of electric currents through selenium
appreciable in a telephono receiver, nnd
the clockwork mechnnism cnn bo nd
justed so thnt darkness is nudiblc and '
bright light silent, or vice-versa.
The apparatus is contnined in an ob
long box about 2 feet 0 inches long and
8 inches deep and when the blind man
had hi glimpse into the invisible he
hcld the box in one hand.
In the other hand he held the card
board cylindor which acts as the "feel
er" of the optophone, and, moving
this plowly before him, he was able to
tell by the sudden incroase.of sound in
the telephone receiver held to ear when
the tube was pointing at a window.
Whenever any one stood between him
and a window the blind man was able
to tell by tho leslening of tho sound
caused by the interruption of light,
and, swinging the tube slowly round, he
counted the people before him one by
The reporter who tried the optophone
found that a glimpse out of the win
dow sountled like a cinematograph reel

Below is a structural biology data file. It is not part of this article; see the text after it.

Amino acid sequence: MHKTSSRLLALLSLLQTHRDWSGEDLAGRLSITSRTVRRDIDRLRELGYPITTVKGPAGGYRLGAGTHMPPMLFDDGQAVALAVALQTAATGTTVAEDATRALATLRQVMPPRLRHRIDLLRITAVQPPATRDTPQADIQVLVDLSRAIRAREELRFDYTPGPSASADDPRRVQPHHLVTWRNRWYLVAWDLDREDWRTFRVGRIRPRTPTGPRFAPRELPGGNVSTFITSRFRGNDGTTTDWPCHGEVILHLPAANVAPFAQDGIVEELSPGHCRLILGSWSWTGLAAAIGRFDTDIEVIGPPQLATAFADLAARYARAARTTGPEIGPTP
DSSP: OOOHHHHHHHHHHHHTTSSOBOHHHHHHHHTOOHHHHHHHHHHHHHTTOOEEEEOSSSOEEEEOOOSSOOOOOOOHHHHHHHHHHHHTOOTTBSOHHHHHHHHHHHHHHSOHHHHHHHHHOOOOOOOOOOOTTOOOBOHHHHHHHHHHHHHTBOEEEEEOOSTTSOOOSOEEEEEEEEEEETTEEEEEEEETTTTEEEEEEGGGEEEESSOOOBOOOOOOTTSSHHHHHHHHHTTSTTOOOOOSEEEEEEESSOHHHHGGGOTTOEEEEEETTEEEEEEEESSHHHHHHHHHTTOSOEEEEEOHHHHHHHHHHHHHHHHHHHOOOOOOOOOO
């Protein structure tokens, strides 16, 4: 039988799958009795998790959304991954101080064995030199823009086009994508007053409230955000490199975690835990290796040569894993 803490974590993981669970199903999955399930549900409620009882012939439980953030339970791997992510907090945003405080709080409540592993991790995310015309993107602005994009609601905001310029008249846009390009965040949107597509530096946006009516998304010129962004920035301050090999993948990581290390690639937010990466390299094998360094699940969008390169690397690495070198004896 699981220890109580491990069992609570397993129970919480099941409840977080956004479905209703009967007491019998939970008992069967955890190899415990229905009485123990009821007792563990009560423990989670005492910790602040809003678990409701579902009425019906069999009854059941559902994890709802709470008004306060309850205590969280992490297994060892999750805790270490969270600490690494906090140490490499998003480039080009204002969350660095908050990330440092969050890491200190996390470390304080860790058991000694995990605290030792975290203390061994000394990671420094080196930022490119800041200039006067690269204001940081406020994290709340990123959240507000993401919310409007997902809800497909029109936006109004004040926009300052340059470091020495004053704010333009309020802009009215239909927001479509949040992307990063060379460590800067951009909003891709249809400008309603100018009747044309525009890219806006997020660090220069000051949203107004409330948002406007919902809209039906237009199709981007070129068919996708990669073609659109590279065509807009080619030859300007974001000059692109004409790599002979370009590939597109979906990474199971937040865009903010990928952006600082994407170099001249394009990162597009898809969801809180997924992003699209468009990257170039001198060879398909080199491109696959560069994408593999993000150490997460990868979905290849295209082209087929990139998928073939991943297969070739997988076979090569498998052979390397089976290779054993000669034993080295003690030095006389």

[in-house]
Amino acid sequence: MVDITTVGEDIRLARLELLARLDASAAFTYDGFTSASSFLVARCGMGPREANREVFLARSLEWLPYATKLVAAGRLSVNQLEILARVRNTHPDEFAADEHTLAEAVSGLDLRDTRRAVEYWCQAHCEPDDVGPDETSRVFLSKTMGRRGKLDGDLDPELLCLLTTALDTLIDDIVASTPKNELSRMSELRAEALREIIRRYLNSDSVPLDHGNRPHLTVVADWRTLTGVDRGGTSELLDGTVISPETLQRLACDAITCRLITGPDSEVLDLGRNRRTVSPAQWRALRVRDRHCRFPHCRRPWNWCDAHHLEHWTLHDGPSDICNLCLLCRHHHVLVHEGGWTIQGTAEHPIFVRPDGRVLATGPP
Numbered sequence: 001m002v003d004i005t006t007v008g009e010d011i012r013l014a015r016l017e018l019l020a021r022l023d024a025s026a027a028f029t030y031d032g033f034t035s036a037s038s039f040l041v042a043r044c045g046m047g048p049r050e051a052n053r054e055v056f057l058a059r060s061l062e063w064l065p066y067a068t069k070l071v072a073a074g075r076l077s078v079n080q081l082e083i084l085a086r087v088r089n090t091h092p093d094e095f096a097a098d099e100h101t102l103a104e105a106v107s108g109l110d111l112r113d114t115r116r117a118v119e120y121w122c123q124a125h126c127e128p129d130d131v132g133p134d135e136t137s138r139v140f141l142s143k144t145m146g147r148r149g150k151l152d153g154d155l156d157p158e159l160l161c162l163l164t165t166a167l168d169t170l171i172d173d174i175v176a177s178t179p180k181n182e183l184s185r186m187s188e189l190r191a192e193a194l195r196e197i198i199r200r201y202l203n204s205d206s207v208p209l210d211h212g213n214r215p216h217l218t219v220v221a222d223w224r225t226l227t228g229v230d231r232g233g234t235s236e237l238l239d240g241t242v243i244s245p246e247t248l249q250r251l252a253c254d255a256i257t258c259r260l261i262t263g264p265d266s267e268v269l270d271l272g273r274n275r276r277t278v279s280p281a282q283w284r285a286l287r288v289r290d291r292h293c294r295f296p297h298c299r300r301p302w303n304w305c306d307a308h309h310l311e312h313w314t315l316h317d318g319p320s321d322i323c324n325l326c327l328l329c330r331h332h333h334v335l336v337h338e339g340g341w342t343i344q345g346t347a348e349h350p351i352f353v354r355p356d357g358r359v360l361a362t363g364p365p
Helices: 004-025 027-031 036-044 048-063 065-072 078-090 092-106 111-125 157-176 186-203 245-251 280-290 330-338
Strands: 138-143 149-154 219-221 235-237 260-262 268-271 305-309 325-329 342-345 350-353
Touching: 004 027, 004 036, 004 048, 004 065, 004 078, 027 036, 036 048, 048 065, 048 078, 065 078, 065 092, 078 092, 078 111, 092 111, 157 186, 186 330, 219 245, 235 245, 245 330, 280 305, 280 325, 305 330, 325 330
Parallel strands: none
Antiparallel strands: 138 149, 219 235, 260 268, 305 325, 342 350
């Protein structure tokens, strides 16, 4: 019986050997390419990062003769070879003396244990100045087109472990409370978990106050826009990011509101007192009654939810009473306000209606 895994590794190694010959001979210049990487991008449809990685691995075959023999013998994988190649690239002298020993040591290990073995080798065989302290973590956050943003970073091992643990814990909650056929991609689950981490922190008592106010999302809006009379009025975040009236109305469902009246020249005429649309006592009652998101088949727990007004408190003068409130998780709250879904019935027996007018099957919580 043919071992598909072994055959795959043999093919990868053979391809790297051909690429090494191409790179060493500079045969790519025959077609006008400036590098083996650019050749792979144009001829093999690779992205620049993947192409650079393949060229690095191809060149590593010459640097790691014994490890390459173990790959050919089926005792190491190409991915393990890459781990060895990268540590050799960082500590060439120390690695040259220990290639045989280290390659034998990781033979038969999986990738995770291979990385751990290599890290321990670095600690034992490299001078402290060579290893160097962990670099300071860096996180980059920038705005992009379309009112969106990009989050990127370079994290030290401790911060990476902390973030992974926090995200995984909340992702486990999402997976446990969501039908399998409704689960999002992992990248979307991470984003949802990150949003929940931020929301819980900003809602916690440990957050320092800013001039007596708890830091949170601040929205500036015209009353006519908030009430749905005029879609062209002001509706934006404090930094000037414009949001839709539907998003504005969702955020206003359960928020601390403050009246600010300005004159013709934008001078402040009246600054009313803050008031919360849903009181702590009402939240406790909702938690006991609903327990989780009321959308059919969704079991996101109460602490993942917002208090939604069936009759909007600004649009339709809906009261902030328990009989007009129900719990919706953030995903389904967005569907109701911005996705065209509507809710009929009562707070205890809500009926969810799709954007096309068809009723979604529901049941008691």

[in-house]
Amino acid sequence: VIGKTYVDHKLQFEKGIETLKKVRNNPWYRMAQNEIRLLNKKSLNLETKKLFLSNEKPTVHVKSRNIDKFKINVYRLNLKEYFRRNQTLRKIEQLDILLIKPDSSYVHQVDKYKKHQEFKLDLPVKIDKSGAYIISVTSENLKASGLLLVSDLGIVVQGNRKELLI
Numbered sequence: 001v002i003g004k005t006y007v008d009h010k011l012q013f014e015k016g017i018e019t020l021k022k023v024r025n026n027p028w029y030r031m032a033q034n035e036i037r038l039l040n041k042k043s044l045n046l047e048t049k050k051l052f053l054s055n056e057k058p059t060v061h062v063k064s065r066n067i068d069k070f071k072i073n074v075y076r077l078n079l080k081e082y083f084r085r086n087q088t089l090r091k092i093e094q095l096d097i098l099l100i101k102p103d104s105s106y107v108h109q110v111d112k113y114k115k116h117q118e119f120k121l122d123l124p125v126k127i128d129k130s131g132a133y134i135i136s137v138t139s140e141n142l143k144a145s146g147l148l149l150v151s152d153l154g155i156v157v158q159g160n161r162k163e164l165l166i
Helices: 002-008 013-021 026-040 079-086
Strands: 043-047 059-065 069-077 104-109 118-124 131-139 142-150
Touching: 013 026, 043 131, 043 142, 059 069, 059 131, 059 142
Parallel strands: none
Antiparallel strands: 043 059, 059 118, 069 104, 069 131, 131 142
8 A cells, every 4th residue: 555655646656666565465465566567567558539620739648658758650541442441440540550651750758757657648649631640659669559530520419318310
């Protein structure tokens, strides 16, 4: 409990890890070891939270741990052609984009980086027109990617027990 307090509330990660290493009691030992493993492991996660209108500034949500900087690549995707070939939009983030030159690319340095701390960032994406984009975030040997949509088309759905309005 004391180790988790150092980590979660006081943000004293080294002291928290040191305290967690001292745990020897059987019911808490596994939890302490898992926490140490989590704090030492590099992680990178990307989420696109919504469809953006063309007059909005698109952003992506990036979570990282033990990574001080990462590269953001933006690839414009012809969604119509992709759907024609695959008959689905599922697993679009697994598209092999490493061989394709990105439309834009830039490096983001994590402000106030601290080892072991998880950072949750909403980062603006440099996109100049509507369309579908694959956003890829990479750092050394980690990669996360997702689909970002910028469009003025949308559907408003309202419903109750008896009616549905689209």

ing off a film. The ticking sank al
most into silence as the receiving tube
was held in the shadoWs of the table,
and leapt into a lively rattle when
placed against an electric light bulk.
"I have found," said Mr. d'Albe,
"that with a delicate galvanometer it is
possible todetect a flicker of light from
another room which is diffused through
the chink of a closed door, and which
cannot be observed by the eye."
The optophone has not yet been so
perfected as to enable a blind person to
distinguish chairs and other articles of
furniture in a room, but eventually it is
hoped to improve the apparatus so that
the operator may spell out the letters
in fairly large print. From the London
THE COAL SITUATION.
The Black Diamond, the oflicial
organ of the coal trade in its issue